Park Visitor Counts
Both the two Disney parks in Anaheim and the collection of parks in Orlando sometimes reach maximum capacity (thought to be 80,000 people in the park at once for Disneyland, and 100,000 at The Magic Kingdom) and so have to introduce closures of various types to restrict the number of people still allowed to enter the park.
Imagine if you’ve flown to Orlando/Anaheim for a Disney themed vacation, only to find you can’t then enter the parks. Ugh.
In addition to a few hours of a few days each year when the parks are now having to restrict admissions, the overall number of people visiting the parks continues to increase, even with the increasing costs of admission. The result is a matching increase in misery in the park. Longer lines for everything – not just the attractions and rides, but to get food or anything else as well, and more crowds of people, creating the equivalent of traffic jams and making it very difficult to find anywhere to sit when you feel like a break.
Here’s an interesting chart of average attraction wait times, comparing 2015 to 2017, in Anaheim (sourced from this article).
Note that these are averages, including busy and slow days, first thing in the morning and late at night as well as peak times. For most of us, and most of the time, the reality of the waits we’ll experience are probably appreciably longer – more like 60 – 90 minutes rather than the 40 – 60 minutes in the article.
Total Costs Per Visit
Let’s not forget that the price of your ‘all inclusive’ ticket is not the totality of the cost of a day at a Disney theme park. Chances are you’ve already paid for parking ($22 for regular or $45 for preferred parking in Orlando, $20/$35 in Anaheim).
And then you walk in the gates, and immediately are barraged by opportunities to buy overpriced food, drink, photos, souvenirs, and just about anything/everything else. Even timeshares.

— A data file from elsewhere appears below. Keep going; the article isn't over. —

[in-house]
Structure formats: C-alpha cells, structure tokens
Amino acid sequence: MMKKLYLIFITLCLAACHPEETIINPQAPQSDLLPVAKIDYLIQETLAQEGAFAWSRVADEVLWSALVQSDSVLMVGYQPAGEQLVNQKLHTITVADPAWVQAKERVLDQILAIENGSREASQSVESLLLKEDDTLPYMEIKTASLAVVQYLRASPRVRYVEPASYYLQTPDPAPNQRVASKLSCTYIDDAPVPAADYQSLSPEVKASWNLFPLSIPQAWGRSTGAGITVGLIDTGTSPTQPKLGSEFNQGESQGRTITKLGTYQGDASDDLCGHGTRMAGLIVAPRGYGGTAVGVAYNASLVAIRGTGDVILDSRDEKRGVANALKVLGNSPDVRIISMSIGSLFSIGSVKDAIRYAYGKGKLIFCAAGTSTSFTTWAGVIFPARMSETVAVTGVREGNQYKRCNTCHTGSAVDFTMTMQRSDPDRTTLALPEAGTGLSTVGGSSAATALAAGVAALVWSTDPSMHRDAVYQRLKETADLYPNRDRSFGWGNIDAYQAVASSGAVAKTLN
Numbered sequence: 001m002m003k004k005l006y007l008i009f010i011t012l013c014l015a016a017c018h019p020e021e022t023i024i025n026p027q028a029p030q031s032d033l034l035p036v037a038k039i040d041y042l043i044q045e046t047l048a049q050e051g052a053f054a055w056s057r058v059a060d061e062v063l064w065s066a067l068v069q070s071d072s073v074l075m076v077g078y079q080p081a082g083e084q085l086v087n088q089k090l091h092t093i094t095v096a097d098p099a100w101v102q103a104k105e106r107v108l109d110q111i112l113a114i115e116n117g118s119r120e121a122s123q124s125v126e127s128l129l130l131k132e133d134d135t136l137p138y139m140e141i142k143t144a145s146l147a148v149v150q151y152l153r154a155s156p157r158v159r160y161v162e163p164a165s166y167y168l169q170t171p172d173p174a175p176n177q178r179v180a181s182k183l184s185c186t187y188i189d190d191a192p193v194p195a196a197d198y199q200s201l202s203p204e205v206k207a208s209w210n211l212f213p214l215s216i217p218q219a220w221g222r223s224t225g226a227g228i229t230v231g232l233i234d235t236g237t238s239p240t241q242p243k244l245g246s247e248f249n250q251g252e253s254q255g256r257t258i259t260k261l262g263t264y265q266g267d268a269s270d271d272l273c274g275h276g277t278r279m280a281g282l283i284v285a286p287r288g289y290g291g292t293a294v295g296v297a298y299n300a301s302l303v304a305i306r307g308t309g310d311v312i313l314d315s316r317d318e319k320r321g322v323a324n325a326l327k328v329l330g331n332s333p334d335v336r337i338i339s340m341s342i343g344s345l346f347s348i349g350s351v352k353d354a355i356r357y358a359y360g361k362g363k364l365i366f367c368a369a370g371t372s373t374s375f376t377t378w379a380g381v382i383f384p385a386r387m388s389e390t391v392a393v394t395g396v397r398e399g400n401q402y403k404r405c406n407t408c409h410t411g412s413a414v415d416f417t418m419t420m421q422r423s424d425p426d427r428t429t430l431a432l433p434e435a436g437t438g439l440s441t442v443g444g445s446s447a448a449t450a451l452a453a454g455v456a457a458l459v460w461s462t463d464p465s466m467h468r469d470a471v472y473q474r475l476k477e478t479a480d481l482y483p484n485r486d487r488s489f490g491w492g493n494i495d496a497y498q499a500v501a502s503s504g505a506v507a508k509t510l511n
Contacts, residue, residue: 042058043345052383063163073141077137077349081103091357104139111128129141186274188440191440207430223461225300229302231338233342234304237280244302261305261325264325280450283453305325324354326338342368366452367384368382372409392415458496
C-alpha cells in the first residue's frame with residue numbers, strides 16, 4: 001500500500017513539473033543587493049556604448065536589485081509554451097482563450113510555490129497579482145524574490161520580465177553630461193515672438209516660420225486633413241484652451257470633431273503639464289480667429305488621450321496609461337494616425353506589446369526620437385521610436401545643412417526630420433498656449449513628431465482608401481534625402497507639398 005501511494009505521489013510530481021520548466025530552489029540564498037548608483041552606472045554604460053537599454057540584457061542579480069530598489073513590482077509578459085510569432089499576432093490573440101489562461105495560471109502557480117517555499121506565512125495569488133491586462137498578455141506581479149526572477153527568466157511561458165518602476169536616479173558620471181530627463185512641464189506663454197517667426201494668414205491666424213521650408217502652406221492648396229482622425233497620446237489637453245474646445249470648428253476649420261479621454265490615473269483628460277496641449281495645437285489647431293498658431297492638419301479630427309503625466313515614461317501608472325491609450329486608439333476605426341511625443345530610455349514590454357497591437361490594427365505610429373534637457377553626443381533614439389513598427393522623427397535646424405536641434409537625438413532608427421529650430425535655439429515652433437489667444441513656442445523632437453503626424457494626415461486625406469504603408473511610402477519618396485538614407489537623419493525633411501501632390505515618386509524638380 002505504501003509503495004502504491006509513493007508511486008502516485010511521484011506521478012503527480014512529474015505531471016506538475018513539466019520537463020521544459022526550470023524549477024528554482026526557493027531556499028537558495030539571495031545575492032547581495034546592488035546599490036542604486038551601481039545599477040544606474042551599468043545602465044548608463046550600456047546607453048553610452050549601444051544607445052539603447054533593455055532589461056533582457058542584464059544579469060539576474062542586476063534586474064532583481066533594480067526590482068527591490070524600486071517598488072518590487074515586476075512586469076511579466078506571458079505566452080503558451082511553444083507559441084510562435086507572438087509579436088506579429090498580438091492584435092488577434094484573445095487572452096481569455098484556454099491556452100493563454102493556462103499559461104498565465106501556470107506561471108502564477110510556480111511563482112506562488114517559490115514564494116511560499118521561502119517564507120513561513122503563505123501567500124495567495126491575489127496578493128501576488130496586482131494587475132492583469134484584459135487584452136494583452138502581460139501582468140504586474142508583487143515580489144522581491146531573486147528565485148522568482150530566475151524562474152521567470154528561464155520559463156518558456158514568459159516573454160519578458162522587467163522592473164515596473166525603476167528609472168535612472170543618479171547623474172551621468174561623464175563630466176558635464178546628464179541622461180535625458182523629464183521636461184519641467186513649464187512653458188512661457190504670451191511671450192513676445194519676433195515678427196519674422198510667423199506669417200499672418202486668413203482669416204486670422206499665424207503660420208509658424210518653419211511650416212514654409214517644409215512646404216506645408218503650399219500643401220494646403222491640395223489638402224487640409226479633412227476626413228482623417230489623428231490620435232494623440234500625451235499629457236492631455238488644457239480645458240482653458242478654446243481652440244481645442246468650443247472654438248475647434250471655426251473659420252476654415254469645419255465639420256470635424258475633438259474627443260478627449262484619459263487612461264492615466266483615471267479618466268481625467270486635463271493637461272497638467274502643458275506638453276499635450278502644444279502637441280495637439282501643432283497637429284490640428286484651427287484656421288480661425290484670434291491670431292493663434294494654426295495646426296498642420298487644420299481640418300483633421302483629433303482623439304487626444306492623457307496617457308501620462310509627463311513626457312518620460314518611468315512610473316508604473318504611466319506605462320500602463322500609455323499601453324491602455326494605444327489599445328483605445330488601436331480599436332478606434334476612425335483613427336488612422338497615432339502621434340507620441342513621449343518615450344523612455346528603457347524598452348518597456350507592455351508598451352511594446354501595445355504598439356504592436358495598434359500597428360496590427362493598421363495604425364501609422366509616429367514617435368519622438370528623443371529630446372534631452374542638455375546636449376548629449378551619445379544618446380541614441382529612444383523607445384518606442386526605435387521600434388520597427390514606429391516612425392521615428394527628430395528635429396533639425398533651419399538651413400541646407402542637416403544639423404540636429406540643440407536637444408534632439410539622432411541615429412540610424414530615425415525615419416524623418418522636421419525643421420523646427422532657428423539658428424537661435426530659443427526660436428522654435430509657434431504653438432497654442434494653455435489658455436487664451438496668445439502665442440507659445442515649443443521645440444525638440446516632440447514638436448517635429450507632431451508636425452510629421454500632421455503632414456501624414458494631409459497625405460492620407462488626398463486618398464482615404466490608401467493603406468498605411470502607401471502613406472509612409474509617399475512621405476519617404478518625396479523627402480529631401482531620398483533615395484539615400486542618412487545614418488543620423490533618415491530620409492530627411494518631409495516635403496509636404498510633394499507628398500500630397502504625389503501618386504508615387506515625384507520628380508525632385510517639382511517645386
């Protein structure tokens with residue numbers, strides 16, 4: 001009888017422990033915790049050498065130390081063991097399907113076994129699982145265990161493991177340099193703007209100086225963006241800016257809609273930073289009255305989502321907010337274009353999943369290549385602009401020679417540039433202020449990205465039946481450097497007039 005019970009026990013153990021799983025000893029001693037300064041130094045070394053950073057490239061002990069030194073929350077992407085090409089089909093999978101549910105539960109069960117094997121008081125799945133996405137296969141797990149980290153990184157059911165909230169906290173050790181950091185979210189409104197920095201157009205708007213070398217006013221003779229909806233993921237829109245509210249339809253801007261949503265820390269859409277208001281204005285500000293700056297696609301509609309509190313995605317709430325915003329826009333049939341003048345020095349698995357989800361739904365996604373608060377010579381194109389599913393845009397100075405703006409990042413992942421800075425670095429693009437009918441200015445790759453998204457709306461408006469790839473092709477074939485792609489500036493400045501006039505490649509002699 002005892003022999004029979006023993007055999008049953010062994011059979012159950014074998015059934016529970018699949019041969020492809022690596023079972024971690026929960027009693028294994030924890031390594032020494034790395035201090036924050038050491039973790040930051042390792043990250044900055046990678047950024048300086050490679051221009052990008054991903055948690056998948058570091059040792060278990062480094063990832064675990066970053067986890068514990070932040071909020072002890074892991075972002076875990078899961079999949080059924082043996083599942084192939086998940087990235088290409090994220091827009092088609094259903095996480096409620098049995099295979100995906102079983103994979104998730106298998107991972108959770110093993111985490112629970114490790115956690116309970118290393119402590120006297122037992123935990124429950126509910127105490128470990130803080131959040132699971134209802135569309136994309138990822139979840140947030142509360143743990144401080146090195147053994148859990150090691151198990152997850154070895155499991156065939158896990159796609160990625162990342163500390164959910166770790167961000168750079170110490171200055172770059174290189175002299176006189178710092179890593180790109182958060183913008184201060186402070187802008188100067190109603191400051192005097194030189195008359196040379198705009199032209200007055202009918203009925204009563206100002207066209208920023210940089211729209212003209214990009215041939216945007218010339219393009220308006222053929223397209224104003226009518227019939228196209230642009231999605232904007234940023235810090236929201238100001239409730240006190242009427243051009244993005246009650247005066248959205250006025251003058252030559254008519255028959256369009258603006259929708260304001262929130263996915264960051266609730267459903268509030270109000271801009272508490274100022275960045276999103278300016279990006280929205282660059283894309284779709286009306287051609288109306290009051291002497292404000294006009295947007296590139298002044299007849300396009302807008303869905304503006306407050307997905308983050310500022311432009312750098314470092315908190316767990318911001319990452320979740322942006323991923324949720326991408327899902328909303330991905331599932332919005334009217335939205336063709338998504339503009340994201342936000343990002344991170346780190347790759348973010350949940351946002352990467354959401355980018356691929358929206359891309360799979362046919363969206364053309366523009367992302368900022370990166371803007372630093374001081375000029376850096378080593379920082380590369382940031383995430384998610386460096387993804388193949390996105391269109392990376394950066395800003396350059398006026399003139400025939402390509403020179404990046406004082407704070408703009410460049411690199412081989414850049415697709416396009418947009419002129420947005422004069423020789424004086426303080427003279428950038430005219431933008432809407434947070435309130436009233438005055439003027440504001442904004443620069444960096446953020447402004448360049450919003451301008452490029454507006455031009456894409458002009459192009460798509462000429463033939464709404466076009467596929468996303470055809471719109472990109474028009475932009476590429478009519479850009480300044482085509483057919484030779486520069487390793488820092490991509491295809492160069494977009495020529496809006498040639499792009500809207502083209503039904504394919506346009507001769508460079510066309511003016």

The emphasis in that last paragraph really needs to be on the word ‘overpriced’. Sure, it isn’t a total surprise or shock to learn that a bottle of water is two to ten times the price it costs at nearby convenience stores outside the park, and that a very ordinary hamburger is more expensive than a decent quality one at a nearby McDonald’s. But it is still unfortunate.
The cost of food depends on whether you’ll just lightly snack your way around the park or if you want some ‘white tablecloth’ dining experiences. It is hinted at by Disney’s dining packages, offered to people who stay in their hotels. A one day package for one person, including a standard table-service meal, a quick-service meal (something like a burger and fries from a window at a fast-food place) and two snacks, plus a refillable drink mug, is $75. You can downgrade to two quick-service meals ($53) or upgrade to any three meals you wish for $116.
But what about the official licensed Disney souvenirs? Disney of course doesn’t need to pay itself a license fee, but everyone else does any time they create anything with a Disney image or character. Plus, Disney buys direct from the doubtless Chinese manufacturers, other retailers have to go through middlemen (probably even Disney itself). So, the nearby stores outside the park might be paying two or three times Disney’s cost per souvenir – but they sell them to you for much less than you’d pay buying direct from Disney, inside the theme park (sometimes the identical items for less than half-price).
This article suggests that in 2017 t-shirts sold for $30, and a monogrammed set of mouse ears was $20. Clearly, there’s no limit to how much money you can lose in the souvenir and gift stores, and while there’s no compulsion to buy anything at all, you’ll be in a very small minority if you and your child(ren) make it out of the theme park without at least something purchased.